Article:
Sam Persson is released from a mental hospital. He goes to Stockholm to meet a man he hates, theater manager Stig Brender. In Brender's office they get into a fight and Persson falls down ...
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Since Sjunde himlen (1956) Dr. Lovisa Sundelius (Sickan Carlsson) and radio host Villy Lorens (Hasse Ekman) have married, but when Villy becomes a TV host with cutie Suss (Lena Granhagen) by his side, things start to fall apart.
Sam Persson is released from a mental hospital. He goes to Stockholm to meet a man he hates, theater manager Stig Brender. In Brender's office they get into a fight and Persson falls down dead. Brender uses his car to get rid of the body in a park. However, the following day he is visited by police inspector Envall, who wants to talk to him. Brender's lies and strange behavior is no match for some thorough police work. Written by
Hasse Ekman engineers a cover-up after being attacked by madman Bengt Ekerot
Hasse Ekman stars in the excellent film noir "På en bänk i en park" (1960) that he also wrote and directed. He plays a stage actor and director who is assailed by a recently-released mental patient, the paranoid Bengt Ekerot, with intent to kill him using a hammer. Ekman and Ekerot were boyhood friends before Ekman caught Ekerot molesting Ekman's first love. This led to Ekerot's expulsion from school. The girl became pregnant and died 7 months later in a miscarriage. Ekerot developed a hatred of successful people and especially the success of stage actor Ekman.
Ekerot dies in the backstage fight and Ekman, not wanting to jeopardize the play that will open in just a few days, disposes of the body by placing it on a bench in a park. This initiates a nightmare of snowballing complications that are developed and photographed in a classic noir mode. Think "Woman in the Window" (1944) or "Quicksand" (1950), although this story has no femme fatale and is very different. The stage background reminds one also of "A Double Life" (1947), and although Ekman is by no means mad, there is something of a transference of Ekerot's instability to him during his cover-up, a doppelgänger effect. We learn in fact that as youths they swore to be blood brothers.
The opening sequence involves the release of Ekerot from the asylum. This establishes an uneasy feeling of submerged unreality that pervades reality or overcomes reality, a feeling as if we are seeing the surface of deeply-hidden motives, a feeling of hidden human plots in the events being shown. The camera shows trees briefly but then slowly pans over the asylum wall during the credits, blocking out normality, indicating a fixation. Above the wall are barred windows in the background. A man in a white coat lets Ekerot out. Alone he walks the wall's length, a small figure carrying a suitcase. He enters a wooded area bounded by two fences, and we see him through a chain link fence. He emerges finally physically free at a dirt road. Later, he buys a newspaper, boards a train, sees a photo of the famous Ekman and marks it. Soon after, he buys a hammer, choosing a size for pictures that are heavy. Ekerot is then mistaken for someone else, rather curtly fending off the inquiry. This man is not right. Throughout this sequence, we feel the tension of his hidden plan.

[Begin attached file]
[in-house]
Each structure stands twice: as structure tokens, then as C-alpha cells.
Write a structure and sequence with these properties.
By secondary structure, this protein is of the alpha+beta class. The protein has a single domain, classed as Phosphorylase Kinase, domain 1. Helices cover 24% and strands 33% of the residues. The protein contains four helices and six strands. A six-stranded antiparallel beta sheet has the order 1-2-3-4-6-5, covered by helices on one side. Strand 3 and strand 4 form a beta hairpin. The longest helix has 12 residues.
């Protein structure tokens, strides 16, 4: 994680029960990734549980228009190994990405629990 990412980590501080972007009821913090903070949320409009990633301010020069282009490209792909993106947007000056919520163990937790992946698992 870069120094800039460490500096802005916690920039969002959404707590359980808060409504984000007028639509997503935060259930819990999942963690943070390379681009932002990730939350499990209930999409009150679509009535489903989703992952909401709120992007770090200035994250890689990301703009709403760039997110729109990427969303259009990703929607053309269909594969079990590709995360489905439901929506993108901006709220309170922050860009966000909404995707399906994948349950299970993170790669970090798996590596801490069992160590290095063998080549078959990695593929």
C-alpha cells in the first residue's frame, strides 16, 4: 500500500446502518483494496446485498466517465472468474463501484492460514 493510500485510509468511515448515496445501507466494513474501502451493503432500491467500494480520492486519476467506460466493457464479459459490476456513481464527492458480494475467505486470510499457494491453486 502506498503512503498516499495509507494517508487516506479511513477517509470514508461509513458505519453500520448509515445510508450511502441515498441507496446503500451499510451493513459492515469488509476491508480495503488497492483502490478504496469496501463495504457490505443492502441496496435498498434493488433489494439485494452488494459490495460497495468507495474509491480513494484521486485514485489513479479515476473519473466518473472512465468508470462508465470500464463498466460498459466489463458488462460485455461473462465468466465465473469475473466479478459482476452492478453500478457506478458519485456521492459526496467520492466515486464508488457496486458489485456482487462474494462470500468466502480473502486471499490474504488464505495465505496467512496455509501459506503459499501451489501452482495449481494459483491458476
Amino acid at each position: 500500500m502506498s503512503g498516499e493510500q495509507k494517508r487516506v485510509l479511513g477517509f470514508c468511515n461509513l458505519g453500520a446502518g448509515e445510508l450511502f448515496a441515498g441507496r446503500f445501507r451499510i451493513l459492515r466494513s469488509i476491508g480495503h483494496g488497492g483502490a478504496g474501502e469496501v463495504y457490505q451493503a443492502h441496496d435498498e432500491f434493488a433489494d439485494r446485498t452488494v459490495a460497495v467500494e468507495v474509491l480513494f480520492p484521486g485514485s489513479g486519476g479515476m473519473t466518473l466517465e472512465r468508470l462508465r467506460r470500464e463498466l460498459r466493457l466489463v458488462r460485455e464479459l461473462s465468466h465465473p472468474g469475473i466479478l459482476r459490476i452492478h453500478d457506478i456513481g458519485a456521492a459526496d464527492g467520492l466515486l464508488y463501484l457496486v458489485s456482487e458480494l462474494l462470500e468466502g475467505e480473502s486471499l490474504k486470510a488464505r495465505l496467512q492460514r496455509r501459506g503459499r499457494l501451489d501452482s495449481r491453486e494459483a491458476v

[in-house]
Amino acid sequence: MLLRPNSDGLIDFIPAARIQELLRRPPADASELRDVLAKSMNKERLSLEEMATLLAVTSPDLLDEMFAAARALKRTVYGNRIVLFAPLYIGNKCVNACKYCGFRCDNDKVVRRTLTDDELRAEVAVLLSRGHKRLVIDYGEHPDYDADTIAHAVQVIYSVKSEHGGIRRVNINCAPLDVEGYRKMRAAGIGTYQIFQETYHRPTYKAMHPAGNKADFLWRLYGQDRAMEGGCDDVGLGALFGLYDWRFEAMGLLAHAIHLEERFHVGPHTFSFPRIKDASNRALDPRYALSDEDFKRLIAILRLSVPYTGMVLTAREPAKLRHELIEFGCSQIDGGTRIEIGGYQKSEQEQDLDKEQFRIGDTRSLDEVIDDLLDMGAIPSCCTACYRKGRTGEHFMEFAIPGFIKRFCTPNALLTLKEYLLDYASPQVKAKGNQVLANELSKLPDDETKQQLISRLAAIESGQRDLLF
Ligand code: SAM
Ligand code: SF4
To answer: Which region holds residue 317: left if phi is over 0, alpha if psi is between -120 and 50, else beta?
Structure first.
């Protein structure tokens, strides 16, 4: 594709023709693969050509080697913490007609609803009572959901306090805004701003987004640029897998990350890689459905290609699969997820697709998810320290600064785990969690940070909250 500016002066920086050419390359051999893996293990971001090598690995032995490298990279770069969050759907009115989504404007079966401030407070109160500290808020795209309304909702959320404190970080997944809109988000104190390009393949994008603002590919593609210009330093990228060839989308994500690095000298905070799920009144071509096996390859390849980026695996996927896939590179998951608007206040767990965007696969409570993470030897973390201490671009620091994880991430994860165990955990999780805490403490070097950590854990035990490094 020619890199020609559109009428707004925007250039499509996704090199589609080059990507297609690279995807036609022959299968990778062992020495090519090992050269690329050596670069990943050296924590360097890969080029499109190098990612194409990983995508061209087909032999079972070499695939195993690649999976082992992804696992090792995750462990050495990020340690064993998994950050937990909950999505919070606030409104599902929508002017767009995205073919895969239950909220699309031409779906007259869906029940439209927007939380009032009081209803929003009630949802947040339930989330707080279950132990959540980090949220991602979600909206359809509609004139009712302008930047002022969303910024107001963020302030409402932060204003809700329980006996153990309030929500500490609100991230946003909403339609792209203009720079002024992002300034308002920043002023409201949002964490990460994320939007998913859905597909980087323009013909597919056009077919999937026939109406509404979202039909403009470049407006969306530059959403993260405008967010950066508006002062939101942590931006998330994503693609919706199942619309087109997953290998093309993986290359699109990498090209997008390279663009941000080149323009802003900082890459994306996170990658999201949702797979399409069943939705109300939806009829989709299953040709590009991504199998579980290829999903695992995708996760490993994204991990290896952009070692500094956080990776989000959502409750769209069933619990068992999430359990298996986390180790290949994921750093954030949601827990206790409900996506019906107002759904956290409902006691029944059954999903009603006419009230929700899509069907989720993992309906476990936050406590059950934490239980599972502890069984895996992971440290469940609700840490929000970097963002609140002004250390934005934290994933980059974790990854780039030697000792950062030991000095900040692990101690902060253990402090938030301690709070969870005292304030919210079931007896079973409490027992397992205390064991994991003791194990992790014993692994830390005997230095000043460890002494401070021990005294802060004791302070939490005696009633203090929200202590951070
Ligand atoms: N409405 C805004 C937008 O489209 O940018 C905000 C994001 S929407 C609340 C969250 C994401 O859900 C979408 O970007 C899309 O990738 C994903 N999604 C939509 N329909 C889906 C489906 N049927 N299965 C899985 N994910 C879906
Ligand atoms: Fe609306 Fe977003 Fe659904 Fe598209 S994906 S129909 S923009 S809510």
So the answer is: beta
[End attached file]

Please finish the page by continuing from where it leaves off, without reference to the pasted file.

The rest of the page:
Ekman's character is introduced at a rehearsal for the upcoming premiere. Everyone is on edge. He rehearses a scene that involves a shooting and murder. Ekman's wife, Lena Grenhagen, is introduced early on when Ekerot makes a call to locate Ekman. She's a vocalist who sings the song "On a Bench in a Park", a love song whose lyric adds to the atmosphere, with references to "my dream", "they forgot both time and space", "I wished time would stop", "without beginning or end".
Although the flow of events destabilizes Ekman's world and he experiences some panic and must hastily improvise and cope with his cover-up, he maintains a good deal of poise, confidence, persistence and even humor. The movie does not come across as depressing or morose, despite all. There are quirky characters and dark humor throughout, even or especially within his dreams that show exaggerated imaginings and fears. Just as Edward G. Robinson wakes from a dream, Ekman's world does not completely collapse and he emerges from his trials.
This movie is artfully and skillfully done. Ekman makes use of young people at a number of places. They steal his car, spy on him and interrupt him, wanting a photograph. He encounters a blind man who may not be entirely blind. Ordinary workers and shopkeepers play a part. The police inspector, Sigge Fürst, has a critical role. There is perhaps some debt in this movie not only to Lang but also to Hitchcock, but it's certainly not a glaring or obtrusive debt.
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